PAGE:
Strawberries are nutrient dense with high amounts of vitamins and minerals, but minimal calories. They provide vitamin C, potassium, folic acid, fiber and antioxidants with just 45 calories per five ounces. They are also very easy to consume. They can be eaten by hand with no rind or tough flesh to remove. They are both sweet and tart to varying degrees and compliment both sweet and savory dishes like smoothies, cakes, and spinach salads. They also freeze well for up to six months.
A local favorite
The popularity of the strawberry is unquestionable. In the US it “contributes over $3.4 billion in annual sales”, and demand continues to grow. According to a recent national survey, nearly one-third of consumers named strawberries as their favorite fruit (freshproduceportal.com). The consumption of strawberries in Europe is estimated to be around 1.2 million tonnes or more with 93% of Europeans consuming strawberries.
However, it is important to note that this is seasonal demand. According to roamler.com, 31% of European consumers say they only buy nationally produced strawberries. This is primarily due to the high standards for quality, taste, mouthfeel, sweetness and look of the fruit. It also depends on what region you are from and the variety that is most common to that area. There are, after all, more than 103 distinct species and subspecies of strawberry plants according to the Germplasm Resources Information Network.
A challenging berry
We know that strawberries are healthy, delicious and popular, but consumers can be quite picky and are partial to the species grown in their region. There are also other reasons that make strawberries challenging to grow and market.
Pesticides: strawberries are widely considered the most highly contaminated produce by pesticide residues. This is because they typically grow directly in soil, contain a high amount of water and have no protective outer peel, which makes them very vulnerable to pests.
Harvesting: strawberries are a non-climacteric fruit which means they do not ripen after harvest. Therefore, it is necessary to judge their ripeness based on color. It has also been a very manual process to both assess the readiness of the fruit and then pick it by hand without damaging the plants. In 2019 the first commercial grade robot was introduced by Octinion for open field picking, but this is still an early area of innovation. The elusive “back berry” still challenges automated methods of harvesting.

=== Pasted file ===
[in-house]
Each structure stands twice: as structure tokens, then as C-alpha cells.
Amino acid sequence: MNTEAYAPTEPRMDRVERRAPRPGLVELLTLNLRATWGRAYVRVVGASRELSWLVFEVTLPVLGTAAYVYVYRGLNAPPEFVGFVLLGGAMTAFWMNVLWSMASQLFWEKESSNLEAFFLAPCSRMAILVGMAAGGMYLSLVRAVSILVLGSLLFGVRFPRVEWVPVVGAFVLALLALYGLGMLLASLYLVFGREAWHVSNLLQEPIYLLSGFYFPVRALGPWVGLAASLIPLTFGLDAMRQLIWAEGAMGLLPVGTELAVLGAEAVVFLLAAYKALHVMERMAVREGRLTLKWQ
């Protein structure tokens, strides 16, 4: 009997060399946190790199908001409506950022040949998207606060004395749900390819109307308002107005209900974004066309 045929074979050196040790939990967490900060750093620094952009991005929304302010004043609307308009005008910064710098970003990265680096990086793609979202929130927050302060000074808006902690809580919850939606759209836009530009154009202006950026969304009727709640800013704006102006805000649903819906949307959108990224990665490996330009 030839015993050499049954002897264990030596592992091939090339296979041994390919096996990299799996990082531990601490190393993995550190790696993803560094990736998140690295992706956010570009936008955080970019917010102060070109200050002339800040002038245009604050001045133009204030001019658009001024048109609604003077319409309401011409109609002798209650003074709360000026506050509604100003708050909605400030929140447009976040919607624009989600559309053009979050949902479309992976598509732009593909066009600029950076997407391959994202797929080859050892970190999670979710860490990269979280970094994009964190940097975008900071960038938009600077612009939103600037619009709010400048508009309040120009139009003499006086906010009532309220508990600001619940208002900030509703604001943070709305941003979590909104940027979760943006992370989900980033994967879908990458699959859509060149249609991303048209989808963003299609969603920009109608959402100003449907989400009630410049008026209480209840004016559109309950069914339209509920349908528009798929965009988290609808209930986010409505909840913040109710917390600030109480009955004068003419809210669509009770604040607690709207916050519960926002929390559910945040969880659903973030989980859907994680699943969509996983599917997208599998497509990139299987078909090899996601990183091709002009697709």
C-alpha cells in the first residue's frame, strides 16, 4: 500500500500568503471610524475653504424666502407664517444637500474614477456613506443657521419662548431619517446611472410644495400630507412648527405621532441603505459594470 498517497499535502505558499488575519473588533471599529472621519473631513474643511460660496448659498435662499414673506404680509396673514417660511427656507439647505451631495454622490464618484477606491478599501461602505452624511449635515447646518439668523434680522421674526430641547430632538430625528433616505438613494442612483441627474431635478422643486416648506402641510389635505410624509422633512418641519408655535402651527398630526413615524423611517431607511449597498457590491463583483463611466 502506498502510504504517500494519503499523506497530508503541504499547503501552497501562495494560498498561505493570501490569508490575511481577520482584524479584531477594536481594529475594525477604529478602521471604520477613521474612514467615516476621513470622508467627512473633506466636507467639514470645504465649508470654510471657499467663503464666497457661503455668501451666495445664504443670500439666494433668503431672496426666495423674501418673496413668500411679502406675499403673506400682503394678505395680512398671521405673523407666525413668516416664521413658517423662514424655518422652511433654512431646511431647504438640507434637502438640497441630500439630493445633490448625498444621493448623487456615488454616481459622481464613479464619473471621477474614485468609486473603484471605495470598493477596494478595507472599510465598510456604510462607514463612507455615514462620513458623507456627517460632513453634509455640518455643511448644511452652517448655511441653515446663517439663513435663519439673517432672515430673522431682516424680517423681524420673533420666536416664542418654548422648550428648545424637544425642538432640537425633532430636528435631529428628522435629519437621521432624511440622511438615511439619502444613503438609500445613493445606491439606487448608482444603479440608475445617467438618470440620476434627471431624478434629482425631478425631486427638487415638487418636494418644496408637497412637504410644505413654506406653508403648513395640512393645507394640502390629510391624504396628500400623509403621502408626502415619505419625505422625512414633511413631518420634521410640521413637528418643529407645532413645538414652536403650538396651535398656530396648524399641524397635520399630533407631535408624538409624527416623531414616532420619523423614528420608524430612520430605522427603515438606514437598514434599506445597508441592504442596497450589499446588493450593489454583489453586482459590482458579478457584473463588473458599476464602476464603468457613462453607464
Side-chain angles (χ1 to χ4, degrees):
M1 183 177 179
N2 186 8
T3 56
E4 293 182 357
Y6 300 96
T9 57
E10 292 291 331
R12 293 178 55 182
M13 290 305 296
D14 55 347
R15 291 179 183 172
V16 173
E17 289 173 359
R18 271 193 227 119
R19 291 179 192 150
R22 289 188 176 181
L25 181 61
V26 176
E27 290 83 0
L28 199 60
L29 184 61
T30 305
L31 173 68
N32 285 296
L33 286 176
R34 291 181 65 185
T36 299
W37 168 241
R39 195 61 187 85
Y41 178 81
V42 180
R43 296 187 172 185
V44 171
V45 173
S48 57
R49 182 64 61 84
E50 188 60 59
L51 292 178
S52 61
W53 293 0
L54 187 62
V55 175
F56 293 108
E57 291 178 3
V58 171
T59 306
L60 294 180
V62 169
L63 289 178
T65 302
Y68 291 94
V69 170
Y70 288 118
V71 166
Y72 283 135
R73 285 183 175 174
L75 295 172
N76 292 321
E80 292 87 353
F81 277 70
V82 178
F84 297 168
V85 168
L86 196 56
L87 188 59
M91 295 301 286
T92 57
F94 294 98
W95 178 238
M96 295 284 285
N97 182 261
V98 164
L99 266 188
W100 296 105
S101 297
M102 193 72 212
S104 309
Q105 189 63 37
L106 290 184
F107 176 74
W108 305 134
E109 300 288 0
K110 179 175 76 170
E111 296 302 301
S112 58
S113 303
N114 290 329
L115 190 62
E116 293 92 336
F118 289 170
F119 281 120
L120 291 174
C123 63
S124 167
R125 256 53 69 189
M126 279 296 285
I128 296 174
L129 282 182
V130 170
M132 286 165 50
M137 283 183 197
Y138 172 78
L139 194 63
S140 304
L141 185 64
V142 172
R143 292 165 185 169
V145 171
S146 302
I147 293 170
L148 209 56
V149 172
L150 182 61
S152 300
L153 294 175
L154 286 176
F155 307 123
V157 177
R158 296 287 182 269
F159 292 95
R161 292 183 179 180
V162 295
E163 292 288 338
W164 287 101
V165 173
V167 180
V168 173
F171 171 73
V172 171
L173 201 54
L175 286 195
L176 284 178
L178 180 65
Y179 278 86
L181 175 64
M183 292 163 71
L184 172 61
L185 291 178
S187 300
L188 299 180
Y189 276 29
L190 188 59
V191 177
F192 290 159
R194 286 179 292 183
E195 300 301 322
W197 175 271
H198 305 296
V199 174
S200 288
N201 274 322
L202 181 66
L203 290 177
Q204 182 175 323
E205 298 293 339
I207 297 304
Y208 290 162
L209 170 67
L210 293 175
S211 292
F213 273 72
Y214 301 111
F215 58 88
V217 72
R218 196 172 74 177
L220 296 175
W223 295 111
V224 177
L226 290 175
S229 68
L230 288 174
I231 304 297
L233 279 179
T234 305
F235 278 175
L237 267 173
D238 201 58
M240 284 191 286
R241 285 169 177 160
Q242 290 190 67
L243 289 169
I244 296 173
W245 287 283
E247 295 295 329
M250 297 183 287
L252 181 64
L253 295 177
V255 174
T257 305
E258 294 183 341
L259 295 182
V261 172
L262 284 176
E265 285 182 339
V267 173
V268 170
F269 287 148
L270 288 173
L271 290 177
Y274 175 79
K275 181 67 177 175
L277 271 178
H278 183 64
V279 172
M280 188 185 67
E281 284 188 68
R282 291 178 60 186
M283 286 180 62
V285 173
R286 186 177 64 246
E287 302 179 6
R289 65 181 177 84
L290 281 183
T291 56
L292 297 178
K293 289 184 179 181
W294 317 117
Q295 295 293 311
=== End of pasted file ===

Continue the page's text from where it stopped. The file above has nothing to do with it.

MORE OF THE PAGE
Logistics: another reason that local products are so highly desirable is that strawberries do not travel well. They are ripe at harvest and have a maximum shelf life of only 7 days when stored between 0 and 2 degrees Celsius (32 and 36 degrees Fahrenheit) plus high humidity. Also, they are very susceptible to moisture and the resulting damage.
Opportunities for vertical farming
And herein lies the greatest opportunity for vertical farmers. It is possible to grow a nutritious and highly sought-after crop locally, while eliminating the challenges of pesticides, harvesting and logistics and also catering to specific preferences of individual markets.
At Netled, we are focused on creating a growing process that enables many different varieties to be grown and harvested with maximum automation at commercial scale. It is critically important to us that we do not offer a system that can only support one or two cultivars because we know that consumers in various countries and regions will have different expectations. We have had great success with varieties such as Elan F1, which has a high sugar content, and Delican F1, which are a Japanese cultivar.
Our research into growing strawberries in our Vera® vertical farming systems has produced excellent results with high quality, color, and taste compared with similar cultivars grown in traditional open-field methods.
If you would like more information on Vera® Berry or strawberry cultivation in vertical farms, feel free to get in touch.
You can also come and meet us to discuss all things vertical farming at Greentech in Amsterdam 14th – 16th June:
Sales Operations Manager